Tuesday, December 9, 2008

The Importance of Heat

Tea and temperature go hand in hand. I try and aim for about 120-140 degrees Fahrenheit for green tea and a little cooler for white tea, a little more for rooibos and wulong, and boiling or close to it for black (or Chinese "red" tea) and pu'er teas. I'm really not that choosy when it comes to tea steeped at approximate temperatures, because I can only tell 3 things about tea and temperature: if the tea has been brewed in tepid water, hot water, and boiling water. And honestly, the taste gives the water temperature away. Tepid water yields weak and watery tea, hot water yields a better tasting, thin tea, and boiling water produces good tea.
But, the next thoughts in this next paragraph don't hold any water (har har) for green and white teas. Today I brewed up some sheng pu'er, the Xiaguan 2007 Tibetan BaoYan, in a porcelain mug. The taste was a little different than what I was used to, much cleaner in a sense, but I attributed my taste familiarity with this tea to my yixing teapot and unlined yixing cup which I use for this sheng. Maybe I was getting flavors from other teas previously brewed in the teapot and the cup, and that this brew of Baoyan with "tea masala" is what I'm used to. But as the body of the porcelain mug got unbearably hot to hold and forced me to grip its handle, I realized that the water was not staying quite as hot as it would in my yixing.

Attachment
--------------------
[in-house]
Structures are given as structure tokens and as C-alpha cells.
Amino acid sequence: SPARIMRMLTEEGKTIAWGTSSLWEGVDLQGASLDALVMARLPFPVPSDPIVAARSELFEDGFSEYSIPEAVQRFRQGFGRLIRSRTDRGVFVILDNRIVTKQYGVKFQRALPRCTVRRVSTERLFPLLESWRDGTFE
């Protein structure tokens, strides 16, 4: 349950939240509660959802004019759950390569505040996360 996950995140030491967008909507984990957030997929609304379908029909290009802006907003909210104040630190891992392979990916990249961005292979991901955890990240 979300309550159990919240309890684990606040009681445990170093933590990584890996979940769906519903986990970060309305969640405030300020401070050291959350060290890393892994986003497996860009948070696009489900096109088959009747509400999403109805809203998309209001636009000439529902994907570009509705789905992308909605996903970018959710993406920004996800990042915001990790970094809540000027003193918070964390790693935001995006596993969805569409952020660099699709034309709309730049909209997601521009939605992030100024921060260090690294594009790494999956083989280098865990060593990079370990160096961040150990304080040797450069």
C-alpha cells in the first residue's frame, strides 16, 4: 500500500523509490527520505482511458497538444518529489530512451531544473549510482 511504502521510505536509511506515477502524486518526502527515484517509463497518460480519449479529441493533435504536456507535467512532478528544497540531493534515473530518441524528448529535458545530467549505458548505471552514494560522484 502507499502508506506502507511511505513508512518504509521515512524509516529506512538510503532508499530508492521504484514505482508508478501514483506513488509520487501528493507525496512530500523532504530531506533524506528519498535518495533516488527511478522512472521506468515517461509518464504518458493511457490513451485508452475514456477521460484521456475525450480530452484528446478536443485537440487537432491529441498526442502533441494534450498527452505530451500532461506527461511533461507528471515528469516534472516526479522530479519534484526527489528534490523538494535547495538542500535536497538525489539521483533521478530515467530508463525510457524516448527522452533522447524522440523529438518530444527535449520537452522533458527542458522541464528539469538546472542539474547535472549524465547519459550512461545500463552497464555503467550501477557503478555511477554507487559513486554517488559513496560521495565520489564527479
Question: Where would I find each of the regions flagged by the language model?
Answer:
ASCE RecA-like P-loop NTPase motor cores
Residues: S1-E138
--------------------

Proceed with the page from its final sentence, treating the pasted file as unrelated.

I noticed this in later infusions where the tea tasted very good, but somewhat dulled. I tried warming up the mug with hot water and then infusing my tea, but I still got the dulled taste. I guess porcelain doesn't insulate quite as well as clay. It's interesting because I've never noticed this before with green and white teas, but they only require semi-hot water for good tea. Pu'er just seems to like very hot water to brew properly.

And I'm still wondering if perhaps I should dedicate my yixing cup to one type of pu'er, or if it too will season along with the pot and enhance teas in one way or another.
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